Using the Critical Incident Technique to Identify Factors of Service Quality in Online Higher Education

Using the Critical Incident Technique to Identify Factors of Service Quality in Online Higher Education

María J. Martínez-Argüelles (Open University of Catalonia, Spain), José M. Castán (University of Barcelona, Spain) and Angel A. Juan (Open University of Catalonia, Spain)
DOI: 10.4018/978-1-4666-0044-7.ch019


Information technologies are changing the way in which higher education is delivered. In this regard, there is a necessity for developing information systems that help university managers measure the quality of online services offered to their students. This paper discusses the importance of considering students’ perception of service quality. The authors then identify key factors of service quality, as perceived by students, in online higher education. To this end, the Critical Incident Technique (CIT) is proposed as an effective qualitative methodology. Some benefits of this methodology are highlighted and an exploratory research is carried out in a real environment to illustrate this approach. Results from this research explain which quality dimensions are considered the most valuable to online students. Information provided by this methodology can significantly improve strategic decision-making processes in online universities worldwide.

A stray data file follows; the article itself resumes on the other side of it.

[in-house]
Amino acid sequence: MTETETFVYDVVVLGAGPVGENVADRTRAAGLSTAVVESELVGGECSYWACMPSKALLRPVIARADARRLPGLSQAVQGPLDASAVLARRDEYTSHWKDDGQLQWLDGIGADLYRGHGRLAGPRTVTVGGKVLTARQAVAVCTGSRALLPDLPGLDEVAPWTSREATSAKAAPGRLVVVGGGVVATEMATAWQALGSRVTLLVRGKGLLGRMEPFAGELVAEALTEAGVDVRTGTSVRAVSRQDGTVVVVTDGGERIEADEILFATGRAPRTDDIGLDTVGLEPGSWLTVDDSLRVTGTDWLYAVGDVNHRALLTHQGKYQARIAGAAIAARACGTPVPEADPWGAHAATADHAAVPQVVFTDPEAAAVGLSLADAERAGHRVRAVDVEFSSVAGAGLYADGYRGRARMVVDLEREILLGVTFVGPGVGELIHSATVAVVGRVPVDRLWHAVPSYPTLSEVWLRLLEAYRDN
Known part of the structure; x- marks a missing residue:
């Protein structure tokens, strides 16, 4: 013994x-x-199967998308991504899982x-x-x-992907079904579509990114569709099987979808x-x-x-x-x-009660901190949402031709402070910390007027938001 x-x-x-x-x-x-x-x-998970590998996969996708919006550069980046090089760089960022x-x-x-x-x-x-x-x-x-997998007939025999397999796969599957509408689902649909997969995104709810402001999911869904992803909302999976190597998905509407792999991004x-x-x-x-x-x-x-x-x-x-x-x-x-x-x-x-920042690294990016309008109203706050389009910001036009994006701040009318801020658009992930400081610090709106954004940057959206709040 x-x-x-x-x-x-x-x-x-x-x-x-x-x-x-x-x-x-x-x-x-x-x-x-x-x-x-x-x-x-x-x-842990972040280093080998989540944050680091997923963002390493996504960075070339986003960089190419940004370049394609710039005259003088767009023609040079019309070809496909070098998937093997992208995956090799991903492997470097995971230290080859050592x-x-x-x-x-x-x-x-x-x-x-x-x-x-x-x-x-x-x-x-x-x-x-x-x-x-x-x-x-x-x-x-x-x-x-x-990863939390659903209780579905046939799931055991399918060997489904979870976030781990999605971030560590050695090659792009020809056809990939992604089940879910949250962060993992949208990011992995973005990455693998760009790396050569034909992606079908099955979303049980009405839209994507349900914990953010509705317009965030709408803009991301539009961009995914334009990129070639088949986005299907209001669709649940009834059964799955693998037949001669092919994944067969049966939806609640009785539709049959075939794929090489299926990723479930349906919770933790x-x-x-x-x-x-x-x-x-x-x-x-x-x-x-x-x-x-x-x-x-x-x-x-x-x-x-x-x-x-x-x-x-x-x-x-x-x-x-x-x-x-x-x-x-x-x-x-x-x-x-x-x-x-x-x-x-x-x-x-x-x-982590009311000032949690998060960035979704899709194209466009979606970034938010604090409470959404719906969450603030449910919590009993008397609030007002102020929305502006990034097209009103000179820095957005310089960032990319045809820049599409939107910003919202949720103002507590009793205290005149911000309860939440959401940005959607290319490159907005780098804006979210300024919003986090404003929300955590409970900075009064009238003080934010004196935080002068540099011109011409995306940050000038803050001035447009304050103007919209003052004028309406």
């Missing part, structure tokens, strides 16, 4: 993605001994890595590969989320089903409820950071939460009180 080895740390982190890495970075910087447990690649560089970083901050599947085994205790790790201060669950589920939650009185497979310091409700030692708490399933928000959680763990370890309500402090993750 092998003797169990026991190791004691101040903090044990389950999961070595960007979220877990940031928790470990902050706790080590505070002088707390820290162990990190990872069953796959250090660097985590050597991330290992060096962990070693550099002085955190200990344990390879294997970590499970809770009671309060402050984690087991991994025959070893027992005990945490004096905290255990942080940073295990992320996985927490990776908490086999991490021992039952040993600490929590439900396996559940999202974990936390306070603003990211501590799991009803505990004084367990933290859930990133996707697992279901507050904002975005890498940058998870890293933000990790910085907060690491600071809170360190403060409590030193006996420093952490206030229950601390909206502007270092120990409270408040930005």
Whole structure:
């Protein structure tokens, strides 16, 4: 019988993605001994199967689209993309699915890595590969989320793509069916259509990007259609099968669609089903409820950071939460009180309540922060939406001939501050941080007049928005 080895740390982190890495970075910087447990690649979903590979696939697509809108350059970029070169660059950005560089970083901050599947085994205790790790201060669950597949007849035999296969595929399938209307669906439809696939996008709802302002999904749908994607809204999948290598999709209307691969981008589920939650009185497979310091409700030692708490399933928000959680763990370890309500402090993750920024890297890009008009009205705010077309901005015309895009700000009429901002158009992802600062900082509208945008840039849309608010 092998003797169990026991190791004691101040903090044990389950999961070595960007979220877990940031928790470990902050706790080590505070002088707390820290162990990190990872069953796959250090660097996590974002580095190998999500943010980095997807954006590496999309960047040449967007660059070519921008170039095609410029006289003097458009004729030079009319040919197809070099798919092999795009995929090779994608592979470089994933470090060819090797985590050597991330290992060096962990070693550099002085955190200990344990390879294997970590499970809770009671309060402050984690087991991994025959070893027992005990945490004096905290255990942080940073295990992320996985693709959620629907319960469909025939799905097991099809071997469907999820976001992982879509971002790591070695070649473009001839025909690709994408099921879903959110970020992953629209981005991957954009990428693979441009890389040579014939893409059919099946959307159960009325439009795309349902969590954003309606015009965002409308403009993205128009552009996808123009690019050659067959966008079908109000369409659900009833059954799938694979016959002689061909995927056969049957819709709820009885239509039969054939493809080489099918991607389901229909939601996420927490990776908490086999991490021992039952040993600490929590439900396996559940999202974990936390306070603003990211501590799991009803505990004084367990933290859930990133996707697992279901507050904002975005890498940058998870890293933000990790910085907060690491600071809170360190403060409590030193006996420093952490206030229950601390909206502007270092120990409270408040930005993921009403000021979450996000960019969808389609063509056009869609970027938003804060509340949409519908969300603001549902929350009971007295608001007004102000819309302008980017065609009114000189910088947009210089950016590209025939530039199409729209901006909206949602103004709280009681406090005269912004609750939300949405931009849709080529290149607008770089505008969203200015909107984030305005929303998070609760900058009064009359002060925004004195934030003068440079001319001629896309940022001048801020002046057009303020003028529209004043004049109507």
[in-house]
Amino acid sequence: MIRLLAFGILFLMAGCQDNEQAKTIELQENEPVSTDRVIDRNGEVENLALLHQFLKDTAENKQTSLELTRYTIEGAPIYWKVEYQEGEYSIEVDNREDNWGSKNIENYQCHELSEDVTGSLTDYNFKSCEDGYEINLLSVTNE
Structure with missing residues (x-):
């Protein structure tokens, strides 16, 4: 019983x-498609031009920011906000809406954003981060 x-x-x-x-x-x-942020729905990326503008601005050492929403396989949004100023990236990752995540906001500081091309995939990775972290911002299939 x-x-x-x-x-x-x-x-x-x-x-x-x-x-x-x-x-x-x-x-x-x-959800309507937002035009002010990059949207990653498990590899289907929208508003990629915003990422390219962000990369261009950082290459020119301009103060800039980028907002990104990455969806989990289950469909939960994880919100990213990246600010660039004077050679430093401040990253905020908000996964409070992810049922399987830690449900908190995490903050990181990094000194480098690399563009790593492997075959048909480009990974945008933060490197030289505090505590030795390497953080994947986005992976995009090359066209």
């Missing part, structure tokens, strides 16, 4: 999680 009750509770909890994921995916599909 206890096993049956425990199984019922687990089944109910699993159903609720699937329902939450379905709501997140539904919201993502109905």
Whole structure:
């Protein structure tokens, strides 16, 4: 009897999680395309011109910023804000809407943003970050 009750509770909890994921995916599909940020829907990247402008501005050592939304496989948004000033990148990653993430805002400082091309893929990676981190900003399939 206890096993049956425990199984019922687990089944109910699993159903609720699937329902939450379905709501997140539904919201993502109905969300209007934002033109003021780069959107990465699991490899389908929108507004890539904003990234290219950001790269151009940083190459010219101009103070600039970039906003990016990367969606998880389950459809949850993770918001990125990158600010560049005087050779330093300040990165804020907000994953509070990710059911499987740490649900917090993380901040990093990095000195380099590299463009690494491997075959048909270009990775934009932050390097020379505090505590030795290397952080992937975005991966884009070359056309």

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Service Quality In Higher Education

Following the general pattern set by service industries, the issue of service quality within the higher education sector has received increasing attention in recent years. In particular, there is a clear interest in developing information systems for monitoring students’ and groups’ activity in online environments, since it can contribute to improve learning processes and, therefore, the quality of the service being offered (Daradoumis et al., 2010; Juan et al., 2009b). Although debate has ranged over various issues, the most dominant theme is the development of valid, reliable and replicable measures of perceived service quality (O’Neill & Palmer, 2004). In the early stages, most models designed to evaluate PSQ focused exclusively on teaching and learning. In the last decade, though, several studies have approached the evaluation of university services from a broad perspective, considering not only the core service (the teaching) but the peripheral or auxiliary administrative and backup services as well (O’Neill & Palmer, 2004; Abdullah, 2005).

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